Buns of Steel: The Adventure Begins
by Derek Paterson
-An Ordinary Morning in Mean City-
The news van turned another corner, and Sarah began to wonder if they were lost. She kept looking for signs but couldn’t find any, which was darn frustrating. The labyrinthine alleyways of the warehouse district were almost identical. Visitors were apparently expected to have an intuitive understanding of local geography. She worried that they would never find their way out again, that someone would find their skeletons years from now, huddled together in the rusting van.
Eddie said, “Are you sure this is the place?” Her cameraman didn’t look too impressed by their surroundings. “All we got here is a bunch of abandoned old warehouses. There ain’t any people, never mind a story.”
Willis, at the wheel, seemed untroubled by Eddie’s skepticism. “My source said something’s going down today,” he said, his voice a basso rumble. “Couldn’t tell me what. But he’s never been wrong before.” His laid-back nature sometimes irritated the crap out of Sarah, but Willis knew people who knew stuff. And he was a wizard sound man also, which helped.
“Your mysterious source,” Eddie sneered, “who only ever talks to you....”
“Willis is right,” Sarah said. She’d allowed their usual snarky banter to wash over her, but now it was time to get serious. “Something is going down, I can smell it. And my sense of smell’s never let me down before.”
They both looked at her. Neither offered any argument.
Something caught Sarah’s attention, a fleeting shadow perhaps, the suggestion of movement above. She leaned forward, the better to look up at the patch of sky visible between the warehouse rooftops. “Oh my gosh, look up there,” she said, hearing the note of surprise in her own voice.
Eddie leaned forward also. “Is that guy flying?” he said. His question came as some relief to Sarah, who’d wondered if her eyes were playing tricks on her, if all she’d seen was a trick of the light through the van’s tinted windshield. But this didn’t seem to be the case. There was a man up there and he did indeed appear to be flying. In the air. Without wings.
Willis had stopped the van. He squinted as he looked up. “You know what, I heard they were filming a movie in town. Some stunt guy, getting paid big bucks. It’s all wires. Pretty well done, I gotta say. I might go see that sucker when it comes out in the theaters.”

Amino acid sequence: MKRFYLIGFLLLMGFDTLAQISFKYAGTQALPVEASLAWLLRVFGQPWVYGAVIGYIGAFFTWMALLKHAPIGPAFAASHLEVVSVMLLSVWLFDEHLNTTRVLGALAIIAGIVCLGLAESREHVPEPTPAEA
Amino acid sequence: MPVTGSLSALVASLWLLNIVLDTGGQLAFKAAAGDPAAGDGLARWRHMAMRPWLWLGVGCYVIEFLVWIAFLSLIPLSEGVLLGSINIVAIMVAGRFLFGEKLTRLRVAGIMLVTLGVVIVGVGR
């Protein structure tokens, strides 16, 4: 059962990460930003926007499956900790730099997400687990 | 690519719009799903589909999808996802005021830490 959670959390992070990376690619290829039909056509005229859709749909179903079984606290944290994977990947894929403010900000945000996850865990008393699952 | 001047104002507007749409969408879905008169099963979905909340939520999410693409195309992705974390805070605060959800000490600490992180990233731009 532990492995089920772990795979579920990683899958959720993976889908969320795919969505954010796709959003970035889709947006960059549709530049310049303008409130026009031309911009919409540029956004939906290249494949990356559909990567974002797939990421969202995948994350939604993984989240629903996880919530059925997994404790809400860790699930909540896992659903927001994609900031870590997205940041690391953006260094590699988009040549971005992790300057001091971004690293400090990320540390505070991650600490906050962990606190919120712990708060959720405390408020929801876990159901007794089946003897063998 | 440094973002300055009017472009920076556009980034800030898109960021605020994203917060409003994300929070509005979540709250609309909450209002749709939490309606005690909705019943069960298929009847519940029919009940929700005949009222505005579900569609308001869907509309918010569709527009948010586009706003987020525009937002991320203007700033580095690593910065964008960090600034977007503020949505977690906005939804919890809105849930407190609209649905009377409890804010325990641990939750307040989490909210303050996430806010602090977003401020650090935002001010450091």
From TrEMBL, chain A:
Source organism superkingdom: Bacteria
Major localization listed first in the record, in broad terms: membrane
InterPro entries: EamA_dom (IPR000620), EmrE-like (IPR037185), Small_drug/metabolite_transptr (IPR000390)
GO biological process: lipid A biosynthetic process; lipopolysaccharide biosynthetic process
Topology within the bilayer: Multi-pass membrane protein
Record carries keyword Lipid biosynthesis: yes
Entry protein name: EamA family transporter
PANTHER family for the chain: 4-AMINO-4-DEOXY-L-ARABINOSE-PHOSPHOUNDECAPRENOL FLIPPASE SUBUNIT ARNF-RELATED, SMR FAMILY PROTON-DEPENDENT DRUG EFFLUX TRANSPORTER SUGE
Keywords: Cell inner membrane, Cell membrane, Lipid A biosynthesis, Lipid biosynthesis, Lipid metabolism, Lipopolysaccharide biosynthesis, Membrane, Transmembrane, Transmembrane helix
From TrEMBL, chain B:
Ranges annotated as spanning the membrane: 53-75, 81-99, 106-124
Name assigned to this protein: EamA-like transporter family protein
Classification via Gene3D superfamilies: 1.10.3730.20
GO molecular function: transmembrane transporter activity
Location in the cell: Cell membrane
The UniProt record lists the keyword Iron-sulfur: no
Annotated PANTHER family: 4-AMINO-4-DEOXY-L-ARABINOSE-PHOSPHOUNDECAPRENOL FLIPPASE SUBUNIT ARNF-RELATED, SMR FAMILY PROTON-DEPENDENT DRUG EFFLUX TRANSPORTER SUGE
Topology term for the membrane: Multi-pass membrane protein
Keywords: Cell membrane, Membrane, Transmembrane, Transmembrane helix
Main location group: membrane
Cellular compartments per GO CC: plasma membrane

Sarah shook her head, not willing to accept this easy explanation. “But wouldn’t there be a crane? Wouldn’t we see it?” She pointed ahead. “Drive to the end of the alley. I want to see if there’s movie people there.”
Willis sighed. “You da boss.” He took the van further along the alley.
Sarah continued to lean forward so she could examine the warehouse rooftops above them. She’d long since learned to trust her own instincts. This was why she was Mean City Herald’s ace reporter.
“Something wrong?” Eddie asked.
“Just, the weirdest feeling,” she said. “As if we’re being watched.”
“You can bet it’s the government,” Eddie said. “They got drones everywhere. They record everything we’re saying, too.”
Sarah had learned to take Eddie’s conspiracy theories with a pinch of salt. Maybe he was a little annoying at times but he was also a damn good cameraman, which was why he was sitting with her in the Herald’s roving news crew van. Sarah had her pick of the pool. They made a pretty good team.
The van reached the end of the alleyway and Willis stopped there. They stared at a heavy vehicle that was parked alongside a set of warehouse doors. There was no mistaking what this vehicle was. Instead of a windshield and side windows, it had dark slits. The rear bore a big SECURITY sign above a pair of double doors. Rivets criss-crossed the thick steel plating.
“What the heck?” Willis said. “What’s an armored car doing here?”
“Maybe they’re using it in the movie?” Eddie suggested.
“If there is a movie,” Sarah said. “That looks like one of Richbury’s money wagons.”
They all knew who Alexander Richbury was—Mean City’s most influential businessman and possibly the State’s next senator, if what the political rags claimed was true. Conservative estimates said Richbury owned half of Mean City. He didn’t just have money, he was money.
“So maybe he hired it out to the movie people?” Eddie said.
“Or maybe it’s here for another reason,” Sarah said, her senses tingling. “Get your camera ready.”
“Sure.” Eddie turned and reached into the back of the van. “Just let me—” He froze in mid-turn, then jabbed a pointing finger. “What the hell is that?”
Another vehicle had appeared around the far end of the alley and was approaching the armored car at speed. Its method of locomotion was nothing short of astonishing. It didn’t have wheels, it had jointed metal legs that made it scurry like some monstrous spider. It had claws, too, powered by hydraulics, like the legs. Its elevated body, supported by the legs, was the size of a bus. At the front end was a driver’s cab covered by a glass canopy. Inside this cockpit sat a man wearing a shiny gold jacket and matching goggles. Sarah’s first thought was that someone must be making a rock video, it was all just too surreal. Maybe the flying man was part of this? She looked for cameras and film people, but couldn’t see anyone.
End of sample
Buns of Steel: The Adventure Begins
Based on the Buns of Steel superhero parody webcomic
which kicked off in May 2015, and is still running.
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Copyright © 2018 by the Author. All Rights Reserved.